You say "full function" but does that include a tape monitor? That is going to narrow your choices considerably. Even if you don't have a tape deck a tape loop is very useful if you have any sort of processor or might in the future.
The other thing is how important your vinyl rig is to you. If you have a nice turntable and cartridge and you've got a $20K budget it would make sense to get a separate phono stage and spend a little less on the preamp. There are incredible bargains on used Pass preamps and there are lots of used high quality phono stages as well. You could have a killer rig if you could stomach separates.
I'm a vintage guy, the result of my Uncle's involvement, I guess. I happen to like my ancient SAE 2100L (I have the add on EQ and Parametric boxes all standing by and ready to go back in the game). I had everything recapped, cleaned, and tested about 10 yrs ago by retired SAE Tech. Now it's time to go record shopping.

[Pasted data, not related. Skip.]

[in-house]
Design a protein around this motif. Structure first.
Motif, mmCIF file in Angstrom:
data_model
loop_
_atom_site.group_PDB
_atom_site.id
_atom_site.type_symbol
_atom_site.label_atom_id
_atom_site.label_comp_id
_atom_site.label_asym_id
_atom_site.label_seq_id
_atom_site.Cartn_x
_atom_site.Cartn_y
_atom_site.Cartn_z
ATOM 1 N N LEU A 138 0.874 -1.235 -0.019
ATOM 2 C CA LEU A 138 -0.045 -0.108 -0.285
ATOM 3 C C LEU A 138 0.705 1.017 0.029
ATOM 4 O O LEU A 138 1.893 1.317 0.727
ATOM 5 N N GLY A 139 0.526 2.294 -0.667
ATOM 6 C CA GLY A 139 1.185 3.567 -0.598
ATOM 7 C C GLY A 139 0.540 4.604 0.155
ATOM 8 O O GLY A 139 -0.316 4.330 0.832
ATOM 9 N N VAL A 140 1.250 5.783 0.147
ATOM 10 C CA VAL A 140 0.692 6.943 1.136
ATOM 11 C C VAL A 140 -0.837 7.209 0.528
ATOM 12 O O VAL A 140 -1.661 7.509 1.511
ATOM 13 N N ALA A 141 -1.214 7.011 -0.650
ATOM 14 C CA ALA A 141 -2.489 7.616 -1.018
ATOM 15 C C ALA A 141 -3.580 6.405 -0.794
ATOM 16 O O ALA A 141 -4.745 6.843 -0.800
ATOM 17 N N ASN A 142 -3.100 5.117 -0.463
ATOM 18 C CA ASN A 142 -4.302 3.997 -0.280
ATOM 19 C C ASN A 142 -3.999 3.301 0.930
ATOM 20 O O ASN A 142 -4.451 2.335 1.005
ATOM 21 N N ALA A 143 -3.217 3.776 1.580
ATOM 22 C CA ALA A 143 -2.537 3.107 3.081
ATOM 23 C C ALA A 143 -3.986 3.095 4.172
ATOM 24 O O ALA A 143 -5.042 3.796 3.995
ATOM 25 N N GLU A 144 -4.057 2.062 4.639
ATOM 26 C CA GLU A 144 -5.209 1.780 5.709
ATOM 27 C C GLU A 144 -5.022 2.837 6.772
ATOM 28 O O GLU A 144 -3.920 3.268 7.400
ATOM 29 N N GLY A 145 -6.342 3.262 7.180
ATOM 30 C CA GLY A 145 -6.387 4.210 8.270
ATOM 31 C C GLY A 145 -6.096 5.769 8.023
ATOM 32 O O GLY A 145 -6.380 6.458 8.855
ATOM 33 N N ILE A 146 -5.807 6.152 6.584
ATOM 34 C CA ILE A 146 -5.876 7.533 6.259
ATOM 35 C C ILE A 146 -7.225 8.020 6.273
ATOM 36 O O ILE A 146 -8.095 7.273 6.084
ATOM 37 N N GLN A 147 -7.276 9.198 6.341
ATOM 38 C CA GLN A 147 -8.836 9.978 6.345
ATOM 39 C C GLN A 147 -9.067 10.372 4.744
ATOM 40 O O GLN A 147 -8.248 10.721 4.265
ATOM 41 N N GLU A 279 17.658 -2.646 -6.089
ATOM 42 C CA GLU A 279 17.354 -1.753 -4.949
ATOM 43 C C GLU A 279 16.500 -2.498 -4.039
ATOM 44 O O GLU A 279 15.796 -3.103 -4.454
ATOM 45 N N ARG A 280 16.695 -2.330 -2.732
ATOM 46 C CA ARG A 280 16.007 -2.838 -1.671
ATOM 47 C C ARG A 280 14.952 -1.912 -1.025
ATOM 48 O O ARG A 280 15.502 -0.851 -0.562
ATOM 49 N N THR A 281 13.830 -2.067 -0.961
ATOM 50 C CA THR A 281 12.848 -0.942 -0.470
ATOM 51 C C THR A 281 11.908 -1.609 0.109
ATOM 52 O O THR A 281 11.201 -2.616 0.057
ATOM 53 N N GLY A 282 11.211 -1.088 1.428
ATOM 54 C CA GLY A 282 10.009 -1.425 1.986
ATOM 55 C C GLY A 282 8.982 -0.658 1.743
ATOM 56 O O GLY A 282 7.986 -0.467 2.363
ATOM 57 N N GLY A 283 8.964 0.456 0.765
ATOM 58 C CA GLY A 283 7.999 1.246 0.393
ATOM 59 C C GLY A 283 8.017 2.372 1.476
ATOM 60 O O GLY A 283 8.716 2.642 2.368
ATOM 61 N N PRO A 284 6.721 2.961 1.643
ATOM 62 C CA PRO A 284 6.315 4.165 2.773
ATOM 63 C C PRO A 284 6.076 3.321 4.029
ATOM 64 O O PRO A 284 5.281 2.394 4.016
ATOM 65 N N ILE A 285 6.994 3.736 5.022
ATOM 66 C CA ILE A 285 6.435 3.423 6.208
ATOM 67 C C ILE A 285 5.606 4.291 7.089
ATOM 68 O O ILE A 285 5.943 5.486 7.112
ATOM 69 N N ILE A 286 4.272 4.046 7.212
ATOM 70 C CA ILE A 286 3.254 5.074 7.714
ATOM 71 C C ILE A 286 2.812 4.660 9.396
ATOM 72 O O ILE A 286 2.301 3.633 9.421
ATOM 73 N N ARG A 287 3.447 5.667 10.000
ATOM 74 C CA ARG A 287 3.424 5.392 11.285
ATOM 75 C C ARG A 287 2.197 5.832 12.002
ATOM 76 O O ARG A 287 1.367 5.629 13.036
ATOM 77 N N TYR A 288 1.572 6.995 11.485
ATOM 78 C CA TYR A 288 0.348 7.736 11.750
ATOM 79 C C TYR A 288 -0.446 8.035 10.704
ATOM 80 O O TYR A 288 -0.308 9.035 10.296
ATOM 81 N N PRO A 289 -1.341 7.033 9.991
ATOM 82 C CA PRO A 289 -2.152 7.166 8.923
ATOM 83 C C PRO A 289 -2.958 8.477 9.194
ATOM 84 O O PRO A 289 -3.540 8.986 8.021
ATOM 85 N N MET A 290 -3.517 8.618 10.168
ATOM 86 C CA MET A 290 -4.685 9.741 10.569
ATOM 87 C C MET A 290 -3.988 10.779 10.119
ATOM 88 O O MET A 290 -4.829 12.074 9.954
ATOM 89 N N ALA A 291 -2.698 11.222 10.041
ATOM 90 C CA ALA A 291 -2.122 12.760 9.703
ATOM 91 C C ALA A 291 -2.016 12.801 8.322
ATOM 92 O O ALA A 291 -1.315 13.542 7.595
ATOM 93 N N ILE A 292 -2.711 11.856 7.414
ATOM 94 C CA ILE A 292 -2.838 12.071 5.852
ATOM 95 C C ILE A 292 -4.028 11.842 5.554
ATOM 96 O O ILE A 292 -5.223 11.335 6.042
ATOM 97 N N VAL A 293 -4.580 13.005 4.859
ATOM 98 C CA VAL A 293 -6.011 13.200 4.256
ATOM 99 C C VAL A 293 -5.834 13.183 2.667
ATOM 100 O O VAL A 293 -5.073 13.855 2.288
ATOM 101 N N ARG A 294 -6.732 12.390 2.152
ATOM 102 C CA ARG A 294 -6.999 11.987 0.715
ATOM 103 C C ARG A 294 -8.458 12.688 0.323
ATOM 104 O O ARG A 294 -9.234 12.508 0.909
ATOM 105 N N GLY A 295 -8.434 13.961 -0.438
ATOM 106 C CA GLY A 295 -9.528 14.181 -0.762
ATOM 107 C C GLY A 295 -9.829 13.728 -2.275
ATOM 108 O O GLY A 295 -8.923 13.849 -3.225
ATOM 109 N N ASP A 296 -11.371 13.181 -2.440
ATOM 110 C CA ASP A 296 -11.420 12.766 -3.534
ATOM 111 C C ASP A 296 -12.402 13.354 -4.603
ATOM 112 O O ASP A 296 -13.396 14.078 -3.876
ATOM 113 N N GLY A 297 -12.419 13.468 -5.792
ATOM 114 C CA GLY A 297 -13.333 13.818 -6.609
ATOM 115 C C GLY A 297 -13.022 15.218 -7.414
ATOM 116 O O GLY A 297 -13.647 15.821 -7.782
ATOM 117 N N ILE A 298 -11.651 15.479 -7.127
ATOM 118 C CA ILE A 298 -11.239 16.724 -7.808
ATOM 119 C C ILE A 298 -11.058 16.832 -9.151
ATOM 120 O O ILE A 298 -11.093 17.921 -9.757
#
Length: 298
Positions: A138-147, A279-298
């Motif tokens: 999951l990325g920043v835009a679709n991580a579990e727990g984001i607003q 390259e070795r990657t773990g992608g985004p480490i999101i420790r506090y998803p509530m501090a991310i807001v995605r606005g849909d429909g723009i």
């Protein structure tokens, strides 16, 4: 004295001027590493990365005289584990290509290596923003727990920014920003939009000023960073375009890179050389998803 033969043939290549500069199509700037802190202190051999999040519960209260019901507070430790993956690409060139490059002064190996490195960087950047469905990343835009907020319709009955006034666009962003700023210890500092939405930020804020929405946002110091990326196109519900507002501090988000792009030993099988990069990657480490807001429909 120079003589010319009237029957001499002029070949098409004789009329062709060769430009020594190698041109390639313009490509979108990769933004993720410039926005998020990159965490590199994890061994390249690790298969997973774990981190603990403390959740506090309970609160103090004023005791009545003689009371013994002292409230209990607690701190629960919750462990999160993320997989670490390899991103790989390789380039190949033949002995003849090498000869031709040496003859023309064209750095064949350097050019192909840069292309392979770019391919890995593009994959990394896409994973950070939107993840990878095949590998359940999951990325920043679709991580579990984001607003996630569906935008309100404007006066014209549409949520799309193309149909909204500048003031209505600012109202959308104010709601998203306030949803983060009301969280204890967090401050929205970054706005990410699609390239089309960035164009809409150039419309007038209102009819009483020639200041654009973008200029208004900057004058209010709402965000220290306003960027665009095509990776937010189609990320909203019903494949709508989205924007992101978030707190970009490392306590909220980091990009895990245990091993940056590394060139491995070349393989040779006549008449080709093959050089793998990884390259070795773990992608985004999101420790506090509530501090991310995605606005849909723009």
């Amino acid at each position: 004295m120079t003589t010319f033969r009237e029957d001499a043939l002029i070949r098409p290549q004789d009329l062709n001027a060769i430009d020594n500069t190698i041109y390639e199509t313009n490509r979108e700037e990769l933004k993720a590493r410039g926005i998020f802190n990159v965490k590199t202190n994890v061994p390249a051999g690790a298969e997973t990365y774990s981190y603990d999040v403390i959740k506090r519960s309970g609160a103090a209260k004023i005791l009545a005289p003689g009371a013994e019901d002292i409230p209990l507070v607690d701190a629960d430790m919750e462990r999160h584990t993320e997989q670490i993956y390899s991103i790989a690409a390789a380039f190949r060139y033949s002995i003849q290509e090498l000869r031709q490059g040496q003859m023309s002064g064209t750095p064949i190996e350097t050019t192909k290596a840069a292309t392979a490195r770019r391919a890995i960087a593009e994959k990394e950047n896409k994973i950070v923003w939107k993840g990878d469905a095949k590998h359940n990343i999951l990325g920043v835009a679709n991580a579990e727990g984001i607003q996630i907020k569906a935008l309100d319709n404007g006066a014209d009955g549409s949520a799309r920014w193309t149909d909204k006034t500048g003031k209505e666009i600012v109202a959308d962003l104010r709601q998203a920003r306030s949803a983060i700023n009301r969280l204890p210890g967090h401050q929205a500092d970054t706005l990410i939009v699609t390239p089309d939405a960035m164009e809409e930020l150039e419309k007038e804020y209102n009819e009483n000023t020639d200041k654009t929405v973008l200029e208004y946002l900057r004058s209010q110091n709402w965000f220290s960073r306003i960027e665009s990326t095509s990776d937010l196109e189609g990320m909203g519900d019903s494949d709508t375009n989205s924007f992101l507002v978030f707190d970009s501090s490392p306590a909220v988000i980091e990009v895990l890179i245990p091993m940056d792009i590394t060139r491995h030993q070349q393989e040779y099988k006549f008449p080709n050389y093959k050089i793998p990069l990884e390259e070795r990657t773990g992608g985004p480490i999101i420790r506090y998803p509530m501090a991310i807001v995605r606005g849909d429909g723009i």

I know,, as usual, of absolutely no help at all 🙄
Dear @dodgealum : Essential 3180 that’s a true challenge for over 120K separates units like FM Acoustics or CH and better than Boulder or Dartzeel and the like. It's an active high gain balanced dual mono non-feedback fully discrete overall design with 2 totally separates phono stages : MM/MC and second to none line stage.
@lewm that I think you know as a very well regarded Agoner owns the Essential 3160 and I hope he could chime here about and the interesting main issue behind the 3180 is that is a full-function design with the stages facilities you are looking for that comes with external power supply.